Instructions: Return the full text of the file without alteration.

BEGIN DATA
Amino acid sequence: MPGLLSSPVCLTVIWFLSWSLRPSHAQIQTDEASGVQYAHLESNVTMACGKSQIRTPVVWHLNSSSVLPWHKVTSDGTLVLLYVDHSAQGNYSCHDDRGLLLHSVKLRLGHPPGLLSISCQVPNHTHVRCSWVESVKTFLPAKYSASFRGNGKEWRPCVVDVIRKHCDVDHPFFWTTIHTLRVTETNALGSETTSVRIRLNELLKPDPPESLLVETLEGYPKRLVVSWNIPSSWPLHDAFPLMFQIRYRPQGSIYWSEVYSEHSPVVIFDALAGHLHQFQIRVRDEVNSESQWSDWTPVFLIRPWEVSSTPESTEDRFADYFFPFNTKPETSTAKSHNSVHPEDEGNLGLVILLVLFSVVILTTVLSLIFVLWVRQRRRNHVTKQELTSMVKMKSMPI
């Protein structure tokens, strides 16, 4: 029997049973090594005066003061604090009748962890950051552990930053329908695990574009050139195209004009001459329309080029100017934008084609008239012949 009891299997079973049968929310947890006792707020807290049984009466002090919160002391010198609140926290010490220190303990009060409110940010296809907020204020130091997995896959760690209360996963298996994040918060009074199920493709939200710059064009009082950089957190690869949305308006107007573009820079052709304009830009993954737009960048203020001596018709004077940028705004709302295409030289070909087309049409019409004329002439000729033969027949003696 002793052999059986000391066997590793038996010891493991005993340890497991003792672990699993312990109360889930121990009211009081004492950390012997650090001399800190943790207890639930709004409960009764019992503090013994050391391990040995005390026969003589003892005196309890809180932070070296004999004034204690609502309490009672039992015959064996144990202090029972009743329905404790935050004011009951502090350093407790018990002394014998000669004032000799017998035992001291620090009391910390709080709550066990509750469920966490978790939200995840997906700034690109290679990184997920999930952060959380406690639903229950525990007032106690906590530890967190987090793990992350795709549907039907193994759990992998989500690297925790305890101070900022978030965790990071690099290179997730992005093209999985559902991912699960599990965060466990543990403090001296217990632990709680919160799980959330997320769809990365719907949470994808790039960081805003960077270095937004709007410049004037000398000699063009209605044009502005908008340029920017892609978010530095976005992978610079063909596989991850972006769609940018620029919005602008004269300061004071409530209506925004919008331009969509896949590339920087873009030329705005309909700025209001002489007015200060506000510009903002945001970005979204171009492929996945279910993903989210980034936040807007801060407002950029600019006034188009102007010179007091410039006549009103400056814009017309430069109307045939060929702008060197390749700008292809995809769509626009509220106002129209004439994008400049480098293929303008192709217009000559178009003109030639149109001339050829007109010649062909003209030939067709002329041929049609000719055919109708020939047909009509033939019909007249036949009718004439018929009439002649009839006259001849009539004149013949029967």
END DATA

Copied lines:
Amino acid sequence: MPGLLSSPVCLTVIWFLSWSLRPSHAQIQTDEASGVQYAHLESNVTMACGKSQIRTPVVWHLNSSSVLPWHKVTSDGTLVLLYVDHSAQGNYSCHDDRGLLLHSVKLRLGHPPGLLSISCQVPNHTHVRCSWVESVKTFLPAKYSASFRGNGKEWRPCVVDVIRKHCDVDHPFFWTTIHTLRVTETNALGSETTSVRIRLNELLKPDPPESLLVETLEGYPKRLVVSWNIPSSWPLHDAFPLMFQIRYRPQGSIYWSEVYSEHSPVVIFDALAGHLHQFQIRVRDEVNSESQWSDWTPVFLIRPWEVSSTPESTEDRFADYFFPFNTKPETSTAKSHNSVHPEDEGNLGLVILLVLFSVVILTTVLSLIFVLWVRQRRRNHVTKQELTSMVKMKSMPI
């Protein structure tokens, strides 16, 4: 029997049973090594005066003061604090009748962890950051552990930053329908695990574009050139195209004009001459329309080029100017934008084609008239012949 009891299997079973049968929310947890006792707020807290049984009466002090919160002391010198609140926290010490220190303990009060409110940010296809907020204020130091997995896959760690209360996963298996994040918060009074199920493709939200710059064009009082950089957190690869949305308006107007573009820079052709304009830009993954737009960048203020001596018709004077940028705004709302295409030289070909087309049409019409004329002439000729033969027949003696 002793052999059986000391066997590793038996010891493991005993340890497991003792672990699993312990109360889930121990009211009081004492950390012997650090001399800190943790207890639930709004409960009764019992503090013994050391391990040995005390026969003589003892005196309890809180932070070296004999004034204690609502309490009672039992015959064996144990202090029972009743329905404790935050004011009951502090350093407790018990002394014998000669004032000799017998035992001291620090009391910390709080709550066990509750469920966490978790939200995840997906700034690109290679990184997920999930952060959380406690639903229950525990007032106690906590530890967190987090793990992350795709549907039907193994759990992998989500690297925790305890101070900022978030965790990071690099290179997730992005093209999985559902991912699960599990965060466990543990403090001296217990632990709680919160799980959330997320769809990365719907949470994808790039960081805003960077270095937004709007410049004037000398000699063009209605044009502005908008340029920017892609978010530095976005992978610079063909596989991850972006769609940018620029919005602008004269300061004071409530209506925004919008331009969509896949590339920087873009030329705005309909700025209001002489007015200060506000510009903002945001970005979204171009492929996945279910993903989210980034936040807007801060407002950029600019006034188009102007010179007091410039006549009103400056814009017309430069109307045939060929702008060197390749700008292809995809769509626009509220106002129209004439994008400049480098293929303008192709217009000559178009003109030639149109001339050829007109010649062909003209030939067709002329041929049609000719055919109708020939047909009509033939019909007249036949009718004439018929009439002649009839006259001849009539004149013949029967």